Google Now's selection of news stories are pretty good at showing me stuff I'm interested in. Every once in a while, though, I read something I don't like and Google Now shows me more of that same thing for a week. Here's how to fix that.
Tagged With filtering
Twitter has been on a tear making a ton of changes that its users never asked for. From today's new "best of" module, to promoted tweets and "while you were away", it's all cruft to someone who just wants a clean stream to read. Here's how to take your timeline back.
Just two days before the election, the Coalition has announced it will introduce an internet filter that would be switched on for all broadband services and mobile devices by default should it win. Quite aside from the political timing , the plan seems light on technical detail to the point of confusion. UPDATE: The Coalition is now saying the policy it issued was an "incorrect document", though that leaves several questions unanswered.
Communications minister Senator Stephen Conroy last week reminded us that internet filtering is still very much an item on the government's agenda. That's a worrying prospect, but it could be worse: the UK is contemplating a plan where access to all adult content would be 'opt in', with adult material blocked by internet service providers (ISPs) unless customers specifically ask for it to be switched on.
Bugger. Just when Senator Stephen Conroy got back into our good books with the long-overdue inquiry into price gouging, he gets all gung-ho and says the internet filter censorship plan is still actively moving forward with new developments "soon". Stephen, oh Stephen, when will you learn?
Australia hasn't yet seen a blogger die in custody (that was Bahrain) or had a major internet service provider deliberately redirect users onto pages featuring malware (that was Belarus). However, internet censorship rules still see Australia featuring on the 'Enemies Of The Internet' list of countries produced by Reporters Without Borders.
One of the more tedious arguments used by people who favour compulsory Internet filtering and other forms of censorship is "People who have nothing to hide have nothing to fear from these systems". In his LCA keynote today, security researcher Jacob Appelbaum highlighted a simple point that's worth making when people say that: if you have nothing to hide, why are you wearing clothes and why are there curtains on your house?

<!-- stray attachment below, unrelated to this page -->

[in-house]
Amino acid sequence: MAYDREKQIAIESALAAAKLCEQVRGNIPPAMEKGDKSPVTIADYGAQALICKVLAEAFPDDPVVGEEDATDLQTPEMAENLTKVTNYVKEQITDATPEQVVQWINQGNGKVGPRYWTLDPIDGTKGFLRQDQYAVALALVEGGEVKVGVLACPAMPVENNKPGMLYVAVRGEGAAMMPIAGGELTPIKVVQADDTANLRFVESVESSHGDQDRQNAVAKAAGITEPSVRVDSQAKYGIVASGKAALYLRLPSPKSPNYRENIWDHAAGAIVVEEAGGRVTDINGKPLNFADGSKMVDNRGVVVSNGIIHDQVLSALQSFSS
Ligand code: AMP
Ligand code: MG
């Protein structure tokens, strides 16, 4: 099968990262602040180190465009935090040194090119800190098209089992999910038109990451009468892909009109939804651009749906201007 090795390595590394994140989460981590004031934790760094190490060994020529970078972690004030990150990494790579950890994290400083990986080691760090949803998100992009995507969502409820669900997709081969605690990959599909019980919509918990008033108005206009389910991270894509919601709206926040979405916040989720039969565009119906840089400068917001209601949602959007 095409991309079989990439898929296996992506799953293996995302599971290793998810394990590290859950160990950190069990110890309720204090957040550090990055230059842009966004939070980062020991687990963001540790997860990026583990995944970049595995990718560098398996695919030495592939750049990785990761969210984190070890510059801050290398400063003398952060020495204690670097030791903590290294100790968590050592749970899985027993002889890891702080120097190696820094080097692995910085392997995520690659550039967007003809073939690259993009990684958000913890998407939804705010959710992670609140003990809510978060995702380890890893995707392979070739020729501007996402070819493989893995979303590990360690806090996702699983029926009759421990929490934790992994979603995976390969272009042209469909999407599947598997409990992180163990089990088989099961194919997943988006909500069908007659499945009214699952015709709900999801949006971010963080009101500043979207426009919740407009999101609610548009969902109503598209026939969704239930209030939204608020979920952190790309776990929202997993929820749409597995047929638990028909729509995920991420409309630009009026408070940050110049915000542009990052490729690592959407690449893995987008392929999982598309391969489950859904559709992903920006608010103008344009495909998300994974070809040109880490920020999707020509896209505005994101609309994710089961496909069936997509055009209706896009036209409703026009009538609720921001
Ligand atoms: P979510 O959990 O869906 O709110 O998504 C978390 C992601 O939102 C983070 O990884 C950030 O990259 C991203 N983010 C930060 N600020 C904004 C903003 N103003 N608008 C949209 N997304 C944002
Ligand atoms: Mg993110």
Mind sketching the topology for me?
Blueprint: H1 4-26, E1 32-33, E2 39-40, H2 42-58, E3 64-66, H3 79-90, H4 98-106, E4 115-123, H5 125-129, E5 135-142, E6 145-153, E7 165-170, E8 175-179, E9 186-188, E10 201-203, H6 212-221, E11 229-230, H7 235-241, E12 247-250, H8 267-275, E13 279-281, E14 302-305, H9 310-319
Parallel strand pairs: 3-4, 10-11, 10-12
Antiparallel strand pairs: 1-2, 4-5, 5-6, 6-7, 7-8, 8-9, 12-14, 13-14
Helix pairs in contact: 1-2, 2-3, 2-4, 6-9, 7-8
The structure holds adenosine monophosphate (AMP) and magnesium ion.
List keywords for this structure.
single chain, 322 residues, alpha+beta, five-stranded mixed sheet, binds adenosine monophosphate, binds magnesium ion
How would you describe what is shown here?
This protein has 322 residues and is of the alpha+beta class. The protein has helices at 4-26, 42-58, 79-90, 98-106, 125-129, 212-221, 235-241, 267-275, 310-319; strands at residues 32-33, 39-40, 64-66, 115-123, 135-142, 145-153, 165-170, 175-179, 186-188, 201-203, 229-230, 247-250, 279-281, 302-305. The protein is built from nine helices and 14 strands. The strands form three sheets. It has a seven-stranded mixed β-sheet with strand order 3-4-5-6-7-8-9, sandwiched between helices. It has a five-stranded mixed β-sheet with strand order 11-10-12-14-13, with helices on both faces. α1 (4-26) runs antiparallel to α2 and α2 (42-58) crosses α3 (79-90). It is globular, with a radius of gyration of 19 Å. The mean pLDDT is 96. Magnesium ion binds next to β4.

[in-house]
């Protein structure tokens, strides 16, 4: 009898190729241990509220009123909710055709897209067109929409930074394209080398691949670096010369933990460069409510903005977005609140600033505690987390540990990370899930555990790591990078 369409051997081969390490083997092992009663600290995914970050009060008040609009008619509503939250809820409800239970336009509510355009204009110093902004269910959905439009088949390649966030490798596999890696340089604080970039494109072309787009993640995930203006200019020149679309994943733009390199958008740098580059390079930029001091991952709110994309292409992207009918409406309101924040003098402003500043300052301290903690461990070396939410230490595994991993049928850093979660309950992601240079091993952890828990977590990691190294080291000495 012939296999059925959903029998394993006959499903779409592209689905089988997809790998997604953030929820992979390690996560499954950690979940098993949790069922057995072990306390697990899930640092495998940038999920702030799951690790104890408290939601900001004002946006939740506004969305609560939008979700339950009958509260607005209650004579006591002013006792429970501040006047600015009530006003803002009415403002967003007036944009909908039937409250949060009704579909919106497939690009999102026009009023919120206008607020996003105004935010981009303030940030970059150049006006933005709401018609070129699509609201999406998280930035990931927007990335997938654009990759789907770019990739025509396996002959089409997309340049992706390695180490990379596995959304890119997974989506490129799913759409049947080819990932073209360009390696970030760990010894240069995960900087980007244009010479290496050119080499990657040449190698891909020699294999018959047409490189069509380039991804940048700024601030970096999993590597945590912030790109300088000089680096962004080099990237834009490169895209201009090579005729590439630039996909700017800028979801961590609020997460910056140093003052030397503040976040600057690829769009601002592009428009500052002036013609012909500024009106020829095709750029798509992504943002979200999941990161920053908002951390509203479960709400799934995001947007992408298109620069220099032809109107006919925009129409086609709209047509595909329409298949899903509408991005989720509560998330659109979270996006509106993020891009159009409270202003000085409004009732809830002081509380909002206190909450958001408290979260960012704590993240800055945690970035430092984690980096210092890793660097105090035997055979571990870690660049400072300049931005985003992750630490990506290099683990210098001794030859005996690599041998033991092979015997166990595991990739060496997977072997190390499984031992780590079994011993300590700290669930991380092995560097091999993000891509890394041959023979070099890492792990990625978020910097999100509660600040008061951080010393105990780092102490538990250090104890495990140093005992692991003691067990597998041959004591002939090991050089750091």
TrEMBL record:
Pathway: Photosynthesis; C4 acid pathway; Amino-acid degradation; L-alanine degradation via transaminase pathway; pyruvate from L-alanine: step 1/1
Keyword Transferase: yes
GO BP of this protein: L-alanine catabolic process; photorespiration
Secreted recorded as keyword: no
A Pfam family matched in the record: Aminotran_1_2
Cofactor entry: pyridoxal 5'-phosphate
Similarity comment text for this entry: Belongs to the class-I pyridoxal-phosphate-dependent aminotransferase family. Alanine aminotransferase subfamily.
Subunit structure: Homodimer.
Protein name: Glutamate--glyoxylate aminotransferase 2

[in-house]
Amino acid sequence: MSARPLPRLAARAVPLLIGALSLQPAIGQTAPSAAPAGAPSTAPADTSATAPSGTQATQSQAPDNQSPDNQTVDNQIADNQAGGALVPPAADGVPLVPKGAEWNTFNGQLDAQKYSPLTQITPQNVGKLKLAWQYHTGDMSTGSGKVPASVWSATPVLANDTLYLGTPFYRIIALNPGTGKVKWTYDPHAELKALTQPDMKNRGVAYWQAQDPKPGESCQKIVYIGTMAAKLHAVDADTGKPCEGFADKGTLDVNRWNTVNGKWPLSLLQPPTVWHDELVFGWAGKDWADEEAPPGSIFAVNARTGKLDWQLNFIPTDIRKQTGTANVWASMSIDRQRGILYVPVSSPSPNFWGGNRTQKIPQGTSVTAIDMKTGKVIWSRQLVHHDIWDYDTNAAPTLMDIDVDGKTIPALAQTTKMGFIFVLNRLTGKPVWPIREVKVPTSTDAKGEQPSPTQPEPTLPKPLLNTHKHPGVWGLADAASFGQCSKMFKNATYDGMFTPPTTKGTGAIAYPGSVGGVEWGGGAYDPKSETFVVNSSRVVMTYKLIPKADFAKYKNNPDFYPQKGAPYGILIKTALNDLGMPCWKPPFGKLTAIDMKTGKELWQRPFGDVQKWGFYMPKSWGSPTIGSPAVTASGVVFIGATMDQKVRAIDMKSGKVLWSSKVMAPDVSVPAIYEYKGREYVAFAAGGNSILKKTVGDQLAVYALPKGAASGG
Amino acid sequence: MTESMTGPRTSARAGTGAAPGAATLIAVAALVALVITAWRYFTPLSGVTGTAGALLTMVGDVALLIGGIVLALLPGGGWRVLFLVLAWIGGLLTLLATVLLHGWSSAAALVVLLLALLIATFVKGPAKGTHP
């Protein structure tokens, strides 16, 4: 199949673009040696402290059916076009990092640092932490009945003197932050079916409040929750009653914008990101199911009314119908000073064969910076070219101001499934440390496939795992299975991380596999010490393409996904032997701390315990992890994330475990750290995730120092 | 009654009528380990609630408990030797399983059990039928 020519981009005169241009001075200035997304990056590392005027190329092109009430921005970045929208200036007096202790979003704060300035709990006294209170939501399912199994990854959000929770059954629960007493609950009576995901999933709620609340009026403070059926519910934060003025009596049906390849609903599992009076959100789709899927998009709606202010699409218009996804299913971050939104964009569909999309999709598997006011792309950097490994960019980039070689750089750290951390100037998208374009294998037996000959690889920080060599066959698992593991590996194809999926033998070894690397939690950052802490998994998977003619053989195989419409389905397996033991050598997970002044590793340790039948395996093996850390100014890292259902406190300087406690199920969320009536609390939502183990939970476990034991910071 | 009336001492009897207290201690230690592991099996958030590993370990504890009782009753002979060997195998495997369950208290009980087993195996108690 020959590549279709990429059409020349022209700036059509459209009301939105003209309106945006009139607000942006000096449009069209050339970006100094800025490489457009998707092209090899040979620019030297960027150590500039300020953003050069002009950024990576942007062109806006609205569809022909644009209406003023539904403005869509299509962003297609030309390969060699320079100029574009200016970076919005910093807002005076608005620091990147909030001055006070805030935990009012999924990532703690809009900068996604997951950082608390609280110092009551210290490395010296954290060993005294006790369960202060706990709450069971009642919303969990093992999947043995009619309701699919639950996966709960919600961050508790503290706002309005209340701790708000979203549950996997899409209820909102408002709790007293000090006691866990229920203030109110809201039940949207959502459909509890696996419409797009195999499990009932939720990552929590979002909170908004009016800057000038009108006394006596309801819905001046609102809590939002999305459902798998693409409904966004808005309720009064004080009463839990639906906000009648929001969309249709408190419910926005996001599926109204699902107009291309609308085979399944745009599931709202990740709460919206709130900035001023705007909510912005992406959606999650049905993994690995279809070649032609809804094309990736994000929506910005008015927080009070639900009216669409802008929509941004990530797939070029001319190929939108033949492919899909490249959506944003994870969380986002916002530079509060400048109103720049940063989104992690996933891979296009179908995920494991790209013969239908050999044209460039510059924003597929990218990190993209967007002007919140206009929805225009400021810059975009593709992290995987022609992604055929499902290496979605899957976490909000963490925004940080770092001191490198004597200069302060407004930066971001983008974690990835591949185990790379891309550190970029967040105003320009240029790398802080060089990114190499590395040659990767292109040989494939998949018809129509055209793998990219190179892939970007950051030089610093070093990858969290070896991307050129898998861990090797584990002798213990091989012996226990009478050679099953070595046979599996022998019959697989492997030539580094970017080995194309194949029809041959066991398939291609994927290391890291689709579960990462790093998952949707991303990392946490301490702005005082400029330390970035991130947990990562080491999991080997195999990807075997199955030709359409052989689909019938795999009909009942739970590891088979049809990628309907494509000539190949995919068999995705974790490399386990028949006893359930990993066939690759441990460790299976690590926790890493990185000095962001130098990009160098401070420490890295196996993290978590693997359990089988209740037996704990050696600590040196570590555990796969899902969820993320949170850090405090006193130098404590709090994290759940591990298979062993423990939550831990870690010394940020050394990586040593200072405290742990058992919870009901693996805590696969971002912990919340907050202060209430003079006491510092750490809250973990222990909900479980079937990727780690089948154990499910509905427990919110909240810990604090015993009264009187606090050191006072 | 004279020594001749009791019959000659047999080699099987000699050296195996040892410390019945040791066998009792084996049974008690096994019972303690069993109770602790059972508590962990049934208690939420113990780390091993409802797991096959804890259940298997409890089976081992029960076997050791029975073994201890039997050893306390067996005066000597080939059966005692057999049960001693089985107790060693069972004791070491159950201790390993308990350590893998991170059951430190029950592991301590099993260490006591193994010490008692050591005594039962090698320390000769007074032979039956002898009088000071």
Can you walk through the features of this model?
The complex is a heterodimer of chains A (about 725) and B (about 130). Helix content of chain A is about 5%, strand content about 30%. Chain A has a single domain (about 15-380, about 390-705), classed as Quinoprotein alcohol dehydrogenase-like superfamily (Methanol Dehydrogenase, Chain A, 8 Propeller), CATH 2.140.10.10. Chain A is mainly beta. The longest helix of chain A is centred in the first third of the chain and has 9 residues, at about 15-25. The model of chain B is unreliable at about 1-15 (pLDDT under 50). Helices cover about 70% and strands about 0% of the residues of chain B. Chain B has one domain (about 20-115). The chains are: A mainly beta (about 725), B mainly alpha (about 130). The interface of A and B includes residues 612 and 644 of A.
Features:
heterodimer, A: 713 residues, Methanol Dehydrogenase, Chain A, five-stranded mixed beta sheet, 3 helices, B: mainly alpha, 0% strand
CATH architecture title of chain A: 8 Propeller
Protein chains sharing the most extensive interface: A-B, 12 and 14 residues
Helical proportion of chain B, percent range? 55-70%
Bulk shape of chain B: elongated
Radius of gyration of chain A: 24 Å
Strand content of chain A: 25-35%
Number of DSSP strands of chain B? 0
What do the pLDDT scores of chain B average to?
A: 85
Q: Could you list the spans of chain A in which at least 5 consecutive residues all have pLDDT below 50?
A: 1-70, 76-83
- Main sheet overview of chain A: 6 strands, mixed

The news that the Liberal Party would block any attempts to introduce mandatory internet filtering has attracted much attention since it emerged yesterday afternoon. However, a lack of detail on what alternatives might be proposed, and the lurking question of what will happen to the NBN, mean that advancing the cause of technology with your vote is still difficult.
Proposals for web censorship might be very poorly conceived and planned, but not everything relating to controlling content has to be so stupid. Rules requiring a "parental lock" on TV equipment sold in Australia are a good case in point.
We've already had a switch of Prime Minister today, but almost as soon as that was announced, Nick over at Gizmodo kicked off a series of posts arguing for a change that could make even more difference to how technology is treated at a federal level: switching Senator Kate Lundy into the communications and IT portfolio.
Google offers SafeSearch to stop offensive content popping up on your workplace computer or in front of the kids, and Microsoft's rival search engine Bing has a similarly-labelled option. But while Google's system can distinguish between images and text in videos, Bing seems to take a much less subtle approach: if a video sounds remotely raunchy, it gets blocked regardless of actual content.
It's clear Lifehacker readers think the plan to make Internet censorship mandatory in Australia in 2010 is a deeply stupid idea. While there may be ways of working around the filter, not having the filter would clearly be a better idea. How can you effectively make your views known?
We won't see mandatory Internet filtering until mid-2010, but even without the details still being worked out, it's clear that anyone with a modicum of technical know-how will be able to bypass it.